Are Injectable Hormones Safe?

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Injectable hormones have been a mainstay in hormone replacement therapy for decades. They are a popular choice because they can be injected into muscle tissue, which helps to reduce the risk of estrogen-related problems such as stroke and blood clots. But does this mean that injectable hormones are always safe? This blog will answer if injectable hormone therapy is safe and can be used as the first line of treatment.

1.Hormone Replacement Therapy

Hormone replacement therapy can be used to help relieve symptoms of menopause, including hot flashes and insomnia while restoring the balance of hormones in the body. The most common forms of hormone replacement therapy are pills and patches that contain estrogen and progesterone. These types of hormone replacement therapy deliver hormones directly into the bloodstream for maximum effectiveness. However, some women prefer injections instead because they are more convenient.

2. Safety Issues

Injectable hormones pose a bit of a problem because they contain synthetic, hormone-like chemicals and can be absorbed into the body and harm internal organs and tissues. Hormone replacement therapy can pose risks, including cancer, blood clots, gallbladder disease, and nerve damage.

3. Side Effects

One of the biggest concerns women have with hormone replacement therapy is side effects. Various hormone replacement therapy side effects result from the hormones floating around your body for an extended period. Some of these side effects include weight gain, mood swings, and breast tenderness. However, many women aren’t even aware of the risks associated with hormone replacement therapy.

4. Discolored Skin

While many women are resistant to taking hormone replacement therapy to prevent menopause symptoms, they don’t realize that it can potentially cause serious damage to your body. One of the lesser-known risks is that injectable hormonal treatments can cause discoloration of the skin on your face and arms. This effect is called rosacea and can range on the severity of the discoloration.

Although hormone replacement therapy can potentially cause serious side effects, this does not mean that it cannot be used safely. The FDA notes that there are countless benefits and risks of hormone replacement therapy and therefore decides which type of estrogen therapy to use a personal choice for each individual.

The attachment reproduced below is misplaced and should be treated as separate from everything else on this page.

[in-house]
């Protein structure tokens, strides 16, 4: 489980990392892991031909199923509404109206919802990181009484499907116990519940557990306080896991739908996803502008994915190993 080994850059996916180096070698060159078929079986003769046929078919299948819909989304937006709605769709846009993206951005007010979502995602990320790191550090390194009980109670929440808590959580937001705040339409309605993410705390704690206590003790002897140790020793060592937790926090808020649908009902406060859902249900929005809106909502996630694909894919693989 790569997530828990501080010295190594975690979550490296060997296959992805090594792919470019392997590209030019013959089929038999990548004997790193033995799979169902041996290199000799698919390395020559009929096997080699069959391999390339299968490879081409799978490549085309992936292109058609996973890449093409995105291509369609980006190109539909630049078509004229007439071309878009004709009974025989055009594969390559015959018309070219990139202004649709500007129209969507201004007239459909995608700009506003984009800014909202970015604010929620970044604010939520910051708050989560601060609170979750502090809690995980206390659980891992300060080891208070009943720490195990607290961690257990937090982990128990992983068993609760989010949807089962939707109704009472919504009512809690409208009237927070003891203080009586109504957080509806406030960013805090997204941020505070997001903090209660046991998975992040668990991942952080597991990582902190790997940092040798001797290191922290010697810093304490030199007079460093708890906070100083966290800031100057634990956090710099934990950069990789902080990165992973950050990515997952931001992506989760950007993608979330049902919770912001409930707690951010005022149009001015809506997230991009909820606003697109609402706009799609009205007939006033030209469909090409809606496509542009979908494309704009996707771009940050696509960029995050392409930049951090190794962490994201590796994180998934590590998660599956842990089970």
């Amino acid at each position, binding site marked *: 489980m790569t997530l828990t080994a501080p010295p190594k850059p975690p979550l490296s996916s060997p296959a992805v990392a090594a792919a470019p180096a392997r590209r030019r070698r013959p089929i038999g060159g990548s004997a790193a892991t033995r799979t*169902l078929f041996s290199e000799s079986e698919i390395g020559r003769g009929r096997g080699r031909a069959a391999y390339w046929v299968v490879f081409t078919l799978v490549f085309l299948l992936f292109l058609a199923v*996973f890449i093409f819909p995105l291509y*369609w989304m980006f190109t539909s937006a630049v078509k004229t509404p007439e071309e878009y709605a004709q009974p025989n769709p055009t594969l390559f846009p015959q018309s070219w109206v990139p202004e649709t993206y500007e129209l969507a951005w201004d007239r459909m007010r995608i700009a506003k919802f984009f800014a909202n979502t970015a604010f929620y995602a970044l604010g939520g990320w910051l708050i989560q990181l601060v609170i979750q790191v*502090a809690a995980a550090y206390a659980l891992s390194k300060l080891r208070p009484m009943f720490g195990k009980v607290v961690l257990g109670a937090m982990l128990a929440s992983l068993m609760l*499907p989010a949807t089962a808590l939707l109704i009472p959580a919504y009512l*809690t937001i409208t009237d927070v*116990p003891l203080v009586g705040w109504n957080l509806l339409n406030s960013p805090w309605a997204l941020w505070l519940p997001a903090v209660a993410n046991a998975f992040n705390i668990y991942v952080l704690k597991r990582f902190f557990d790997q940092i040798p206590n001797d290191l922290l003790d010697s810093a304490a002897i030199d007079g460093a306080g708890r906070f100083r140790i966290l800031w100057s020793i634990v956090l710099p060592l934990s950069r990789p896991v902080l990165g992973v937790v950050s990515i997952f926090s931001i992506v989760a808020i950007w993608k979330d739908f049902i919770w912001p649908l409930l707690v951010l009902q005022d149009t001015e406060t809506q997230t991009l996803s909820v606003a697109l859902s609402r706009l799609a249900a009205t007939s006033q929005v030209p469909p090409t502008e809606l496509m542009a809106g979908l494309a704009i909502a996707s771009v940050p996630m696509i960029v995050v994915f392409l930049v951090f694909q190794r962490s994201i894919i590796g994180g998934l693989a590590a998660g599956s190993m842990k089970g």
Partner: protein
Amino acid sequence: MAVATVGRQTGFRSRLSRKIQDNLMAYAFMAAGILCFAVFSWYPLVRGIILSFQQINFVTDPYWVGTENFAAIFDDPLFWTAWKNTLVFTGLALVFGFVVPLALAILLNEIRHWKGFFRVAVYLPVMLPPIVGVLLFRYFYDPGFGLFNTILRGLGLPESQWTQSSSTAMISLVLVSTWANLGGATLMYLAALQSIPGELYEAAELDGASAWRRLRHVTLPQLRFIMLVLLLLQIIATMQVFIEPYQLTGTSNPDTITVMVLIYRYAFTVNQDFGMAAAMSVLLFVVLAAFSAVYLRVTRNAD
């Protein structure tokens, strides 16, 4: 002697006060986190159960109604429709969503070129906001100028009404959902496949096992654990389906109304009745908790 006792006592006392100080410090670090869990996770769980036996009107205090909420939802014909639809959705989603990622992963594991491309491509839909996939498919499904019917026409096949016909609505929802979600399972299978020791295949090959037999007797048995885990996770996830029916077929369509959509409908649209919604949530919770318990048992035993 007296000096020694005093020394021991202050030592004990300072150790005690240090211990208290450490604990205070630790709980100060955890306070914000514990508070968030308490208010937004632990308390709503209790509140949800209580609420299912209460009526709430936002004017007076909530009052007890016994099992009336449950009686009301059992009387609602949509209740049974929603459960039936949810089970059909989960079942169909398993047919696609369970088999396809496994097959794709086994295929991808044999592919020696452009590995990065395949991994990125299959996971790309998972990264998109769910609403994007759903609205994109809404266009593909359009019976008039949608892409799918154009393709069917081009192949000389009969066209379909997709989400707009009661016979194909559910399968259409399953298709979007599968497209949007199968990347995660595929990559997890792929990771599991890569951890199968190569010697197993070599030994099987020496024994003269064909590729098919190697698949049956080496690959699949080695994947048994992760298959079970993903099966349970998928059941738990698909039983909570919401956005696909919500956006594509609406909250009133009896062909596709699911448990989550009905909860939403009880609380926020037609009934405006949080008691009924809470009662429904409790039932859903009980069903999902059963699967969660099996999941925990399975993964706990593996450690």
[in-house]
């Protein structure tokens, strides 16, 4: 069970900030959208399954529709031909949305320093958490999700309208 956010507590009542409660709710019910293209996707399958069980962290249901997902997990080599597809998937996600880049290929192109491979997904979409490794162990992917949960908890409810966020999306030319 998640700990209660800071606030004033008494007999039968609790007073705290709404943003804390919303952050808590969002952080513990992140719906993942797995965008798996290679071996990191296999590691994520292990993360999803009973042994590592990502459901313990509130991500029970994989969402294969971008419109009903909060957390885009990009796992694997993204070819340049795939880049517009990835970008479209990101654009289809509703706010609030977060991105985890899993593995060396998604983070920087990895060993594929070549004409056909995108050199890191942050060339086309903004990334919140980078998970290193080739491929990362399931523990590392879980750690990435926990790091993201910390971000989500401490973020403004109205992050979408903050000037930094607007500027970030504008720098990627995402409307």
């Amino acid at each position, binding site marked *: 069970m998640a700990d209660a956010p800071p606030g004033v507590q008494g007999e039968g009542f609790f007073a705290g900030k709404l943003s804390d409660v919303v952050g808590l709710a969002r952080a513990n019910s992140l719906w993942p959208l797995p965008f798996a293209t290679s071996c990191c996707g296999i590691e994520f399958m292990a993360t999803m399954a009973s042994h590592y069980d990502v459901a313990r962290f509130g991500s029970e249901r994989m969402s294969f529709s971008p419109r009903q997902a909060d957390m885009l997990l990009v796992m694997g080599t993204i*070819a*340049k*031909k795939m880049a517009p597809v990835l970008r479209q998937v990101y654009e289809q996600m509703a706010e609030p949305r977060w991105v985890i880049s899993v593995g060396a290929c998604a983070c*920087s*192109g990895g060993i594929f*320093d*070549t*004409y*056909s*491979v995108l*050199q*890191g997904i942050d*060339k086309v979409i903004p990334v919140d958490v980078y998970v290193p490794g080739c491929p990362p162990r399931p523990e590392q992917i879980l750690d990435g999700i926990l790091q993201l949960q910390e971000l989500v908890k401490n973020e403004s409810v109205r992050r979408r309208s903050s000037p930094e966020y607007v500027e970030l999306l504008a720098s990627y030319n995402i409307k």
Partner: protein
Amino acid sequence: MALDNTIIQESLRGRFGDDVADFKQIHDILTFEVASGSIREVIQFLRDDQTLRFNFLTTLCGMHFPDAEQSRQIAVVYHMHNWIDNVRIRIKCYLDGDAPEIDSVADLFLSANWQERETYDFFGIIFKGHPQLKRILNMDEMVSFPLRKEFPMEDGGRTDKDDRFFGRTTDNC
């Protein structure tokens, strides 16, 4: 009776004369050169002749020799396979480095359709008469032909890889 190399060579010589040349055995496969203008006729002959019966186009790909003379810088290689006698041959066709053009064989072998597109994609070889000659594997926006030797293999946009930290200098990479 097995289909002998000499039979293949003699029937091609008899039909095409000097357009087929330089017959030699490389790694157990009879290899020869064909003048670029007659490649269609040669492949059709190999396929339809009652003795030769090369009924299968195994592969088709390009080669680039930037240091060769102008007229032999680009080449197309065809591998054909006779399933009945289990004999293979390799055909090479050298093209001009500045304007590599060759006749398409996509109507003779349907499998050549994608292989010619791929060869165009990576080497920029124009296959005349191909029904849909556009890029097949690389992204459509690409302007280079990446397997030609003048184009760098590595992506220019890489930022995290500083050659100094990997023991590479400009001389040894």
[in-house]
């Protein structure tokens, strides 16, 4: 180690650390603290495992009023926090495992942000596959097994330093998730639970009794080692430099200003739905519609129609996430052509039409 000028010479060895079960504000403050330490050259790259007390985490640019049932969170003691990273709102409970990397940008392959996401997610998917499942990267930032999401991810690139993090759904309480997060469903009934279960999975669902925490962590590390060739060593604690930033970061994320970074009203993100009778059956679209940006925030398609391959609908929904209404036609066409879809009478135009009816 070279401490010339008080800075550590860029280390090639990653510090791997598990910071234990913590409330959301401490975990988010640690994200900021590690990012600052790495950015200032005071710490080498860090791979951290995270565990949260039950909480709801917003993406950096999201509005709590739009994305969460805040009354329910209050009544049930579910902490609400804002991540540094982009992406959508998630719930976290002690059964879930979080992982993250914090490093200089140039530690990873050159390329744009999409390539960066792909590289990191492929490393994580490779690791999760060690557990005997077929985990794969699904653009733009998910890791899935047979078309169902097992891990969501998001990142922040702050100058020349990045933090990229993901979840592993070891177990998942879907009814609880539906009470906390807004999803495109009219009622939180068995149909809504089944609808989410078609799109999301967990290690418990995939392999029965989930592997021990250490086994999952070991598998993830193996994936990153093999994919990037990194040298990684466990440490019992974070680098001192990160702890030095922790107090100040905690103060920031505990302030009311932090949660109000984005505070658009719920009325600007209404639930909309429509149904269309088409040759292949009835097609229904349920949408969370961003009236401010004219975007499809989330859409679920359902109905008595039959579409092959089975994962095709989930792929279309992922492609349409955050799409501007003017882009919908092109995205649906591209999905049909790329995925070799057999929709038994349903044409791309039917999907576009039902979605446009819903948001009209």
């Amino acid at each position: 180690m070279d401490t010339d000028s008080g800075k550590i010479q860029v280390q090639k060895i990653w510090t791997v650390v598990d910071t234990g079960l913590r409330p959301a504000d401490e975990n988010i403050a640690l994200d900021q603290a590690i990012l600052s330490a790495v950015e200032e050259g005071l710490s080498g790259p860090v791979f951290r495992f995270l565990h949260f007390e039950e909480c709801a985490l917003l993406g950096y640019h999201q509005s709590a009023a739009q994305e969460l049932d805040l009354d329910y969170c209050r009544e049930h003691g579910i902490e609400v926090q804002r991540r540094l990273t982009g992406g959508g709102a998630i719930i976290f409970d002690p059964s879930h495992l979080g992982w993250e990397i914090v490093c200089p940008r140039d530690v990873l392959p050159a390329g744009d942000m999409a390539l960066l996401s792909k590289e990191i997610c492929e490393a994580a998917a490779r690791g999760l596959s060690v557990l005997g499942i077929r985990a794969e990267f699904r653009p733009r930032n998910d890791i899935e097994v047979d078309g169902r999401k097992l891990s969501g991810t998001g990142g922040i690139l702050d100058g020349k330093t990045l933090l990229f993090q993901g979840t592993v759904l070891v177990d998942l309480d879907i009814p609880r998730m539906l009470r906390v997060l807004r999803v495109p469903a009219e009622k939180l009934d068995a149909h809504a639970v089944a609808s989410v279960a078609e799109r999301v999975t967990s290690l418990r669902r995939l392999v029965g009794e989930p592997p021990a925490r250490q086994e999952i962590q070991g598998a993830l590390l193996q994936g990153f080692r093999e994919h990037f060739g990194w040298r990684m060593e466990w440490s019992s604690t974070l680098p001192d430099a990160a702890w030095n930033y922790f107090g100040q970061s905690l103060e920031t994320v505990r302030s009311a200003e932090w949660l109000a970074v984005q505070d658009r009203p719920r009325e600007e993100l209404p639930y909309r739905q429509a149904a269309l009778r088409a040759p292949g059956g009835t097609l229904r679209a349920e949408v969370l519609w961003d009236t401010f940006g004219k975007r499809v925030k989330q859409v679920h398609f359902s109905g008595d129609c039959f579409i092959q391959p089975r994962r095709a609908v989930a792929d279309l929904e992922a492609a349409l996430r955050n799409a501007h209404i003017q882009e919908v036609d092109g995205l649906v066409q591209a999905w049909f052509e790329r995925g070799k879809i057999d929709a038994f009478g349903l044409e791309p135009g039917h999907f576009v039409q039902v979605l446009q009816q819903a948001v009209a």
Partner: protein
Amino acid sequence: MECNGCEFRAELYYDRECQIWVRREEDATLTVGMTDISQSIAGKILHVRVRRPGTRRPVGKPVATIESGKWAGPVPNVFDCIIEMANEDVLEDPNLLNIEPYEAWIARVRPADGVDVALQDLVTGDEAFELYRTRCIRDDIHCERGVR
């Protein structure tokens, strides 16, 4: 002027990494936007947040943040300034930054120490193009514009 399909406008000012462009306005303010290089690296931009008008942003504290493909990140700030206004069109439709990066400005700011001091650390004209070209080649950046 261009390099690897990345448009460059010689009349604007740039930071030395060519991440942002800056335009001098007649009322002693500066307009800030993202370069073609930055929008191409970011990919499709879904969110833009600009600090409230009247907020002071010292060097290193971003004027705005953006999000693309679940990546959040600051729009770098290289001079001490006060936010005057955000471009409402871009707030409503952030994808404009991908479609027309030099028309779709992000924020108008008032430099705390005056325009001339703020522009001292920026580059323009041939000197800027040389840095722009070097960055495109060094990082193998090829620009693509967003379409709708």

5. Who Should Use It?

Hormone replacement therapy should be reserved for the high-risk, high-dosage group of women that need it to treat serious medical conditions like cancer and other health issues triggered by menopause. This group of women includes women with a family history of breast cancer or ovarian cancer and women who have undergone hysterectomies. These women experience a greater risk of heart attack, stroke, and blood clots.

6. First-Line Treatment

Hormone replacement therapy can be used in the same way as birth control pills. However, hormone replacement therapy should be used in conjunction with other medical treatments, such as hormone-depleting surgical procedures. For example, hysterectomies and hysterectomizing procedures can affect your body’s balance of hormones and therefore need to be followed by hormone replacement therapy.

7. Daily Therapy

Furthermore, hormone replacement therapy should be taken daily and not used to solve long-term problems. Daily treatment is essential in the case of menopause and, therefore, should be considered for this condition. However, this treatment should only be used for the short term because it requires a series of medications that can have dangerous side effects.

8. Long Term Use

Hormone replacement therapy can be used in the long term if you do not suffer from menopause but instead suffer from primary ovarian failure, premature ovarian failure, or familial estrone sulfatase deficiency. In these cases, hormone replacement therapy can be especially beneficial. Many women swear by hormone replacement therapy and use it for the long term to help treat menopause symptoms. However, you should consider using hormone replacement therapy in the long term if you have a history of cancer or a family history of ovarian cancer.

9. Fertility

Hormone replacement therapy is not intended to help you become pregnant. Instead, it is intended to help you return to your normal level of functioning and should be used as such. If you want to get pregnant after taking hormone replacement therapy, don’t start working on pregnancy right away because it can take a few months for the hormones to leave your body

Call to Action

At the end of the day, it is important to understand that injectable hormone replacement therapy is not for everyone. There are many different estrogen replacement hormone therapies, and each has its own set of risks and benefits. call now 205-352-9141 for more inquiries

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